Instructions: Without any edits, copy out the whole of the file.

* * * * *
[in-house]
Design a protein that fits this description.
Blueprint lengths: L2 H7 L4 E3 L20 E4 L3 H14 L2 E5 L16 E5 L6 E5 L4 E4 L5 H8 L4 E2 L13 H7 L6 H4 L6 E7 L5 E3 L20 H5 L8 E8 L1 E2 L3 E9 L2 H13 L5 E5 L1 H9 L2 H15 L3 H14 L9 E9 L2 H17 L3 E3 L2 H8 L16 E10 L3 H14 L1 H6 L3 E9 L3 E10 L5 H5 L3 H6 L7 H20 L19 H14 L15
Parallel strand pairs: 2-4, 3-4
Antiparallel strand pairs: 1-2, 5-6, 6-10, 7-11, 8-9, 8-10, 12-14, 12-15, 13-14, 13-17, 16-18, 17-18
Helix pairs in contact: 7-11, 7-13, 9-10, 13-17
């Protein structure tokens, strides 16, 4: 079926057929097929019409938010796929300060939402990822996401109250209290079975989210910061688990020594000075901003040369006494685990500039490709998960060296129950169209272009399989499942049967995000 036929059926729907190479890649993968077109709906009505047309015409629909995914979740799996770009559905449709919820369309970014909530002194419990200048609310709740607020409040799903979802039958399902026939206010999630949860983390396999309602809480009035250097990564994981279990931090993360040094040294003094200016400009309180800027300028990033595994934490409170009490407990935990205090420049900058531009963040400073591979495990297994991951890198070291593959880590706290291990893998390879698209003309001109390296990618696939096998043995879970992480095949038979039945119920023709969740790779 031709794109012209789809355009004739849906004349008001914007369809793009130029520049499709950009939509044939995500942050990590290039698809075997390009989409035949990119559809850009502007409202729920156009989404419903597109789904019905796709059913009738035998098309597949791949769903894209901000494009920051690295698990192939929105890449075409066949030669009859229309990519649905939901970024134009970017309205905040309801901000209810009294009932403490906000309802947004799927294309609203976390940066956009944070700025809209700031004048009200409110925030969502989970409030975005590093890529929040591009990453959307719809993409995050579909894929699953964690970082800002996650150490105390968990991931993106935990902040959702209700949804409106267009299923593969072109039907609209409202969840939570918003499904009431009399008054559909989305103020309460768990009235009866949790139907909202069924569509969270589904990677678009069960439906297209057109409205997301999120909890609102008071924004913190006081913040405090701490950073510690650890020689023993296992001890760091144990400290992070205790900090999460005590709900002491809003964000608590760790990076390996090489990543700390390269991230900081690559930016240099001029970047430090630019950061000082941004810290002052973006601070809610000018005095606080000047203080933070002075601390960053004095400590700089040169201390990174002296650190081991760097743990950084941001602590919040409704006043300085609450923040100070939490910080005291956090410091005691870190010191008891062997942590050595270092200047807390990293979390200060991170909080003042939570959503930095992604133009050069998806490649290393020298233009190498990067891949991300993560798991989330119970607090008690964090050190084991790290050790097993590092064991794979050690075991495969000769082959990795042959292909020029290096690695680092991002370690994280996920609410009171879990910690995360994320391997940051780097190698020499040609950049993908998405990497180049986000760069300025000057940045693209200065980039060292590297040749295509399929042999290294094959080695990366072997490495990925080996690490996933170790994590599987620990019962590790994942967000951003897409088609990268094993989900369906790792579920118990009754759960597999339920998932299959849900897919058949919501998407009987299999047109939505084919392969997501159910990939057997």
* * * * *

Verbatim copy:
[in-house]
Design a protein that fits this description.
Blueprint lengths: L2 H7 L4 E3 L20 E4 L3 H14 L2 E5 L16 E5 L6 E5 L4 E4 L5 H8 L4 E2 L13 H7 L6 H4 L6 E7 L5 E3 L20 H5 L8 E8 L1 E2 L3 E9 L2 H13 L5 E5 L1 H9 L2 H15 L3 H14 L9 E9 L2 H17 L3 E3 L2 H8 L16 E10 L3 H14 L1 H6 L3 E9 L3 E10 L5 H5 L3 H6 L7 H20 L19 H14 L15
Parallel strand pairs: 2-4, 3-4
Antiparallel strand pairs: 1-2, 5-6, 6-10, 7-11, 8-9, 8-10, 12-14, 12-15, 13-14, 13-17, 16-18, 17-18
Helix pairs in contact: 7-11, 7-13, 9-10, 13-17
């Protein structure tokens, strides 16, 4: 079926057929097929019409938010796929300060939402990822996401109250209290079975989210910061688990020594000075901003040369006494685990500039490709998960060296129950169209272009399989499942049967995000 036929059926729907190479890649993968077109709906009505047309015409629909995914979740799996770009559905449709919820369309970014909530002194419990200048609310709740607020409040799903979802039958399902026939206010999630949860983390396999309602809480009035250097990564994981279990931090993360040094040294003094200016400009309180800027300028990033595994934490409170009490407990935990205090420049900058531009963040400073591979495990297994991951890198070291593959880590706290291990893998390879698209003309001109390296990618696939096998043995879970992480095949038979039945119920023709969740790779 031709794109012209789809355009004739849906004349008001914007369809793009130029520049499709950009939509044939995500942050990590290039698809075997390009989409035949990119559809850009502007409202729920156009989404419903597109789904019905796709059913009738035998098309597949791949769903894209901000494009920051690295698990192939929105890449075409066949030669009859229309990519649905939901970024134009970017309205905040309801901000209810009294009932403490906000309802947004799927294309609203976390940066956009944070700025809209700031004048009200409110925030969502989970409030975005590093890529929040591009990453959307719809993409995050579909894929699953964690970082800002996650150490105390968990991931993106935990902040959702209700949804409106267009299923593969072109039907609209409202969840939570918003499904009431009399008054559909989305103020309460768990009235009866949790139907909202069924569509969270589904990677678009069960439906297209057109409205997301999120909890609102008071924004913190006081913040405090701490950073510690650890020689023993296992001890760091144990400290992070205790900090999460005590709900002491809003964000608590760790990076390996090489990543700390390269991230900081690559930016240099001029970047430090630019950061000082941004810290002052973006601070809610000018005095606080000047203080933070002075601390960053004095400590700089040169201390990174002296650190081991760097743990950084941001602590919040409704006043300085609450923040100070939490910080005291956090410091005691870190010191008891062997942590050595270092200047807390990293979390200060991170909080003042939570959503930095992604133009050069998806490649290393020298233009190498990067891949991300993560798991989330119970607090008690964090050190084991790290050790097993590092064991794979050690075991495969000769082959990795042959292909020029290096690695680092991002370690994280996920609410009171879990910690995360994320391997940051780097190698020499040609950049993908998405990497180049986000760069300025000057940045693209200065980039060292590297040749295509399929042999290294094959080695990366072997490495990925080996690490996933170790994590599987620990019962590790994942967000951003897409088609990268094993989900369906790792579920118990009754759960597999339920998932299959849900897919058949919501998407009987299999047109939505084919392969997501159910990939057997």